BI warns public vs job offers on Facebook

Published November 18, 2019, 3:09 PM

by Francine Ciasico

By Jun Ramirez 

The Bureau of Immigration (BI) warned Filipinos wanting to work abroad against unscrupulous persons using the Internet and social media to recruit overseas workers.

MB FILE - Bureau of Immigration Commissioner Jaime Morente (Ali Vicoy / MANILA BULLETIN)
Bureau of Immigration Commissioner Jaime Morente
(ALI VICOY / MANILA BULLETIN FILE PHOTO)

BI Commissioner Jaime Morente issued the warning after learning that many human trafficking and illegal recruitment victims intercepted at the Ninoy Aquino International Airport (NAIA) were recruited by syndicates offering their services via Facebook and social networking sites.

“We reiterate our warning to our kababayan that they should avoid transacting with strangers online offering high-paying jobs in foreign lands without the benefit of protection from government. You will only be putting yourselves in harm’s way,” the BI chief said in a statement.

Morente said overseas job seekers can always access the website of the Philippine Overseas Employment Administration (POEA) or visit its office to look for legitimate job openings and avail the services of licensed or accredited recruitment agencies.

“Do not deal with unlicensed recruiters as they cannot guarantee your safety, good working conditions, and salaries according to industry standards. Chances are you will be intercepted at our ports if you avail the services of fraudsters and illegal recruiters,” Morente added.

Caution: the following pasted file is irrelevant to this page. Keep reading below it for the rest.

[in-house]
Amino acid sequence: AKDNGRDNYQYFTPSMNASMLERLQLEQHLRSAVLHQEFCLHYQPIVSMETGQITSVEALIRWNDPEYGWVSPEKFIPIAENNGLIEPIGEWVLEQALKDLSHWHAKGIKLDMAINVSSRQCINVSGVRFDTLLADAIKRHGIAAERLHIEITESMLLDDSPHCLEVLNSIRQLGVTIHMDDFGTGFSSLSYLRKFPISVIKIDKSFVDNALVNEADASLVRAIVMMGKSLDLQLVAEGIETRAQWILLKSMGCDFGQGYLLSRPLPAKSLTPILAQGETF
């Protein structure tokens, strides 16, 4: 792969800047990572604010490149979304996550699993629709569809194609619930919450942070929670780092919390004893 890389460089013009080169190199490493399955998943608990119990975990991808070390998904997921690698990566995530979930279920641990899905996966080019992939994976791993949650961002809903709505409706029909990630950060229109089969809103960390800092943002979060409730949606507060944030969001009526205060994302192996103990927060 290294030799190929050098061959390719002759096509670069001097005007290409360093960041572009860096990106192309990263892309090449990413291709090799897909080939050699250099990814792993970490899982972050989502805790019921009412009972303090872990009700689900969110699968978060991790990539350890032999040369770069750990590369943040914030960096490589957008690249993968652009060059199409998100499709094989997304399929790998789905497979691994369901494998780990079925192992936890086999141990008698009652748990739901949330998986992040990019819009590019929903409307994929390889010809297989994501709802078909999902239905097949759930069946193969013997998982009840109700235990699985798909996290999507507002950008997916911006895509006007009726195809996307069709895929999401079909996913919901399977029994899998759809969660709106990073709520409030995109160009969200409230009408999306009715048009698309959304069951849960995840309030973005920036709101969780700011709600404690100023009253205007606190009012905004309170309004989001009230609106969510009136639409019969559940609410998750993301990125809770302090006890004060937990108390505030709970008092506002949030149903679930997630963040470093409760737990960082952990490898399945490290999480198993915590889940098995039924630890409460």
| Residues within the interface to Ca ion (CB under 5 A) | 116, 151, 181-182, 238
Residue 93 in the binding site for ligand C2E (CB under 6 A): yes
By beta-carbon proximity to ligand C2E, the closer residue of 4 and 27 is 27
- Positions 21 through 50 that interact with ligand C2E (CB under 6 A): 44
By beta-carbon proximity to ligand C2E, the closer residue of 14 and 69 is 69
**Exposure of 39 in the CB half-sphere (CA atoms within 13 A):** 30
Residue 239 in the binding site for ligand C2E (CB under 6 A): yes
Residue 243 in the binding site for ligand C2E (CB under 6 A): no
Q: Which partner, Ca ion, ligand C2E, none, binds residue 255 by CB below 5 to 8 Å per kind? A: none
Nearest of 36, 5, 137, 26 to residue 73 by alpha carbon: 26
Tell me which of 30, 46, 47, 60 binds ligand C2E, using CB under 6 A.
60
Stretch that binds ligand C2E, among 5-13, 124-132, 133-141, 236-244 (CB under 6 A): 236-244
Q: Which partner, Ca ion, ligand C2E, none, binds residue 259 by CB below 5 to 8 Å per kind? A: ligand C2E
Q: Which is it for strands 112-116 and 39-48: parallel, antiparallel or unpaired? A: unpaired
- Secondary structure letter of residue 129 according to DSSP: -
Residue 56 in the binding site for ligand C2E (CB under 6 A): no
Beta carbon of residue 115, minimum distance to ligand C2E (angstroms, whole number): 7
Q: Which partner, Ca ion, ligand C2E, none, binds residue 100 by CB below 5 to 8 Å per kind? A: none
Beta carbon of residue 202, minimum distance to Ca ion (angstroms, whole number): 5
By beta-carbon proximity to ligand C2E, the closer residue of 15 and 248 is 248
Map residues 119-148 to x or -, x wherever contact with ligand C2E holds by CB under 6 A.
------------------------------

This developed as BI port operations division chief Grifton Medina reported the recent interception of four females who were allegedly recruited to work as household service workers in Dubai, that attempted to depart disguised as tourists bound for Singapore and Malaysia at the NAIA.

Medina said the victims, who were intercepted on Nov. 9 and 10, all admitted that they met their recruiters through Facebook and that it was the latter who processed their visas and employment papers in the United Arab Emirates (UAE).

“As in the case of many ‘tourist’ workers intercepted at our ports, these women all had UAE visas in their possession which they hid in their bags as instructed by their handlers,” Ma. Timotea Barizo, head of the BI travel control and enforcement unit (TCEU) said.

Barizo added that the passengers’ flight to Singapore and Kuala Lumpur were mere fronts as they concealed their itineraries and planned to board their connecting flights to UAE.

She added that the four were immediately turned over to the Inter-Agency Council Against Trafficking for assistance and further investigation.

 
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